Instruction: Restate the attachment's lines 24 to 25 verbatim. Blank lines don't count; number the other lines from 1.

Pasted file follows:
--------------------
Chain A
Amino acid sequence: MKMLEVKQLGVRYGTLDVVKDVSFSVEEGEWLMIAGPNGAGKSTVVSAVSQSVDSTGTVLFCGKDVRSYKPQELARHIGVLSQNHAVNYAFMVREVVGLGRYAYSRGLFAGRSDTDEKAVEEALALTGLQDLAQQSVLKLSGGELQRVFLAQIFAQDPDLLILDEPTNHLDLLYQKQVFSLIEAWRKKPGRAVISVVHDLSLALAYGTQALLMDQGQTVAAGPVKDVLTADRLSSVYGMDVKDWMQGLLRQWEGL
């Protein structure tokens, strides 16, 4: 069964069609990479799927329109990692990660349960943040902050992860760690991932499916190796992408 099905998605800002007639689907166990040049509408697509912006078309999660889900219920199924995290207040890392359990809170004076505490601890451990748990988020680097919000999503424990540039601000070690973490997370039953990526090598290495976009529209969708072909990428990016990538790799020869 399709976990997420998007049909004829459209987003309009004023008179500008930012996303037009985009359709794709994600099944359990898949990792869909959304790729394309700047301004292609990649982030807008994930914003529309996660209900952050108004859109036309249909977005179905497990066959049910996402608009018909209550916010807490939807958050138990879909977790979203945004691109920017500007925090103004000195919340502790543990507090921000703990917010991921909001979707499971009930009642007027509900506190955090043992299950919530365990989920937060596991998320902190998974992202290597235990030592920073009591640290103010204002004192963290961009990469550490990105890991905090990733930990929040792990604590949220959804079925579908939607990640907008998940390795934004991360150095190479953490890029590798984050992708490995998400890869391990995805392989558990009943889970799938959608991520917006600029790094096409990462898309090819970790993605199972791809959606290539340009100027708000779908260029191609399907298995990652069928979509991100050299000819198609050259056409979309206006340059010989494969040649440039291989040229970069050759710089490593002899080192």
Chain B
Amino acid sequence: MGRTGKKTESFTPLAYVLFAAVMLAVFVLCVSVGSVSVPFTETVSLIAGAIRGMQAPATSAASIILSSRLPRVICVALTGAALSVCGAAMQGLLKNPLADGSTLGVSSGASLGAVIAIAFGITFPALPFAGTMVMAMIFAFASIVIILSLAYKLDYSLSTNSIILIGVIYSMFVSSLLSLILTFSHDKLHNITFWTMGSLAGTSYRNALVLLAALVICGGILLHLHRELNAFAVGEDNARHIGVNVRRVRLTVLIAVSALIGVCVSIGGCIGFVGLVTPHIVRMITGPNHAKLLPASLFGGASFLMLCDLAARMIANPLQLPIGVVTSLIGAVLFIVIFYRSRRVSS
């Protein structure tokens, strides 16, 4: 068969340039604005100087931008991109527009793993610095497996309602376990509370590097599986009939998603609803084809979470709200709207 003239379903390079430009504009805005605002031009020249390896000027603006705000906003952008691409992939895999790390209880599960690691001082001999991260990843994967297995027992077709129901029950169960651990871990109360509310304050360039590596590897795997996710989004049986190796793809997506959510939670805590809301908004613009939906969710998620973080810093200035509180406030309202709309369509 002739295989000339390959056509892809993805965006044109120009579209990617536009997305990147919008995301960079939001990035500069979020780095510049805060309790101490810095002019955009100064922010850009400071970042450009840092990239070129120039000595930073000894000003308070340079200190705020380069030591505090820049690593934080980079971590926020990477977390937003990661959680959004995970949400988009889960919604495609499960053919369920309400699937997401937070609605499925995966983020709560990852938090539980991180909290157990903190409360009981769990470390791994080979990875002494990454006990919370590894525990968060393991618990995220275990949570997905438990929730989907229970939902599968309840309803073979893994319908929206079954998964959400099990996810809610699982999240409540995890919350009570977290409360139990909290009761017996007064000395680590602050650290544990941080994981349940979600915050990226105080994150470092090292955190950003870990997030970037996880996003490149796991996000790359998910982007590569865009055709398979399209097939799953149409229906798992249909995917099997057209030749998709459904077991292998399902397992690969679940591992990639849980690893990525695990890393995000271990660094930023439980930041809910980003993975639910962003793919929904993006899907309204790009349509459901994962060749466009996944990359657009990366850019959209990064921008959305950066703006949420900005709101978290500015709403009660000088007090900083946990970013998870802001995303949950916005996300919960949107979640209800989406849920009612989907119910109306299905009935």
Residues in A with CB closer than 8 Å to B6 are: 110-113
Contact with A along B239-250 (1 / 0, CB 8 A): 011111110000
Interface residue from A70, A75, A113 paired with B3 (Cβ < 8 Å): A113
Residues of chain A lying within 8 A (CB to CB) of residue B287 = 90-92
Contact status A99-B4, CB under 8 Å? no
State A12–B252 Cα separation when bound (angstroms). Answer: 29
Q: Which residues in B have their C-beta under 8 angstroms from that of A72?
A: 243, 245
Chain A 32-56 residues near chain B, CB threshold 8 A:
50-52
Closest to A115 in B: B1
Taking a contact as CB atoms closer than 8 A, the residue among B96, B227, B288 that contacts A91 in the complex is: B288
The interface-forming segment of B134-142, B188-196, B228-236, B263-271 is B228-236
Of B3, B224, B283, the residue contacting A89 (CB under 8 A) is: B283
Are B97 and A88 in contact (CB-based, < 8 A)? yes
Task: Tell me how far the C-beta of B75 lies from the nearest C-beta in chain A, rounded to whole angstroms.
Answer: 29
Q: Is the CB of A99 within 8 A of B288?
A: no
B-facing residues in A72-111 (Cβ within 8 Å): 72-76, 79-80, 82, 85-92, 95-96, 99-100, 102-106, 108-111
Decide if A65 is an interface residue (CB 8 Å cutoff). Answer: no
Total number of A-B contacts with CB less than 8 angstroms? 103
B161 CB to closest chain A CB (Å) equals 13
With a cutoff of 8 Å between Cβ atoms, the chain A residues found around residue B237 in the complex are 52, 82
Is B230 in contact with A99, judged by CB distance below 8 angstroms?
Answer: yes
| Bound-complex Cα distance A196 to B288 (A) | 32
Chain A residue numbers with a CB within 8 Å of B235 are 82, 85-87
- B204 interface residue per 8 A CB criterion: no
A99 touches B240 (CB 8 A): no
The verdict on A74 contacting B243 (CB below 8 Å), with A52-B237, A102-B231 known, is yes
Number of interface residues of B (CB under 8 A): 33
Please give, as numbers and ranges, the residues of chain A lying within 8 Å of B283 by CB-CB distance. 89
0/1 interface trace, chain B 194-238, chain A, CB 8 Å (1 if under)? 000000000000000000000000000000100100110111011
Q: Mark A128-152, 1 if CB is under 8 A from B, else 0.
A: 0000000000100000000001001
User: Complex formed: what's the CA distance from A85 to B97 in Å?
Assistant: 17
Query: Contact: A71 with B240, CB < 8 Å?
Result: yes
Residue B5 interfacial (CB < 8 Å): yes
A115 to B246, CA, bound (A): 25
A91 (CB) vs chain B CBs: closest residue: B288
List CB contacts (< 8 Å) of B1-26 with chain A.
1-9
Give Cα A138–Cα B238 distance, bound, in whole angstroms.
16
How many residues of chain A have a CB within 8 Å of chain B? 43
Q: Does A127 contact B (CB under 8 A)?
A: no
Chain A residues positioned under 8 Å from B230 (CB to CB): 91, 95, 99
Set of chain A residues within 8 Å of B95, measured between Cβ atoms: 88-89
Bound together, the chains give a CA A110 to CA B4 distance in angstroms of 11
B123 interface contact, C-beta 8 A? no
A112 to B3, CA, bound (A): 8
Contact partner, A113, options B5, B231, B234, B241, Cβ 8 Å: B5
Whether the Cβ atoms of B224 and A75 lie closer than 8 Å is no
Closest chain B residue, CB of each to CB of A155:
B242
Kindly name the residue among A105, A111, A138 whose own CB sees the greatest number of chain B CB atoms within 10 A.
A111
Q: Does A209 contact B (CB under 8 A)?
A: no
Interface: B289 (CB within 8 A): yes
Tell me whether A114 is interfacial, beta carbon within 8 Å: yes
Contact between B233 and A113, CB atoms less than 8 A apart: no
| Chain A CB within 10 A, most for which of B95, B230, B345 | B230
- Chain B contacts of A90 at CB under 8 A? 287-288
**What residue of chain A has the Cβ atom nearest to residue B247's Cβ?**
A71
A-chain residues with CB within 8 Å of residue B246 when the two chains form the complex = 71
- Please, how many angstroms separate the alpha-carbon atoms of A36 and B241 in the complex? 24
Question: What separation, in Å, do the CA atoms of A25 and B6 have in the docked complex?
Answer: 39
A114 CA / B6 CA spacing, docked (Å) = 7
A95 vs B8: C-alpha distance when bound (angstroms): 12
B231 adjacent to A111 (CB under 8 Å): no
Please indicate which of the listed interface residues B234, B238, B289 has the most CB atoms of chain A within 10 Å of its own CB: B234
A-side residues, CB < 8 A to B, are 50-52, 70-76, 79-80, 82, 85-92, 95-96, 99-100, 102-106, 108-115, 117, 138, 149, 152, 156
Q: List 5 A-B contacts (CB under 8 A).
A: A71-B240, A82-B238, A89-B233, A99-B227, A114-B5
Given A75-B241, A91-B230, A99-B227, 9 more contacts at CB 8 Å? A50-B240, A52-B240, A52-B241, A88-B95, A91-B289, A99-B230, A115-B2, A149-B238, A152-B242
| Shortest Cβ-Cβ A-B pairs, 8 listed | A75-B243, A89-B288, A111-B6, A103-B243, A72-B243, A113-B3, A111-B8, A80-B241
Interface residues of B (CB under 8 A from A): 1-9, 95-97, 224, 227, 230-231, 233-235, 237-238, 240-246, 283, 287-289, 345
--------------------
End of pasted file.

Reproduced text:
Q: Is the CB of A99 within 8 A of B288?
A: no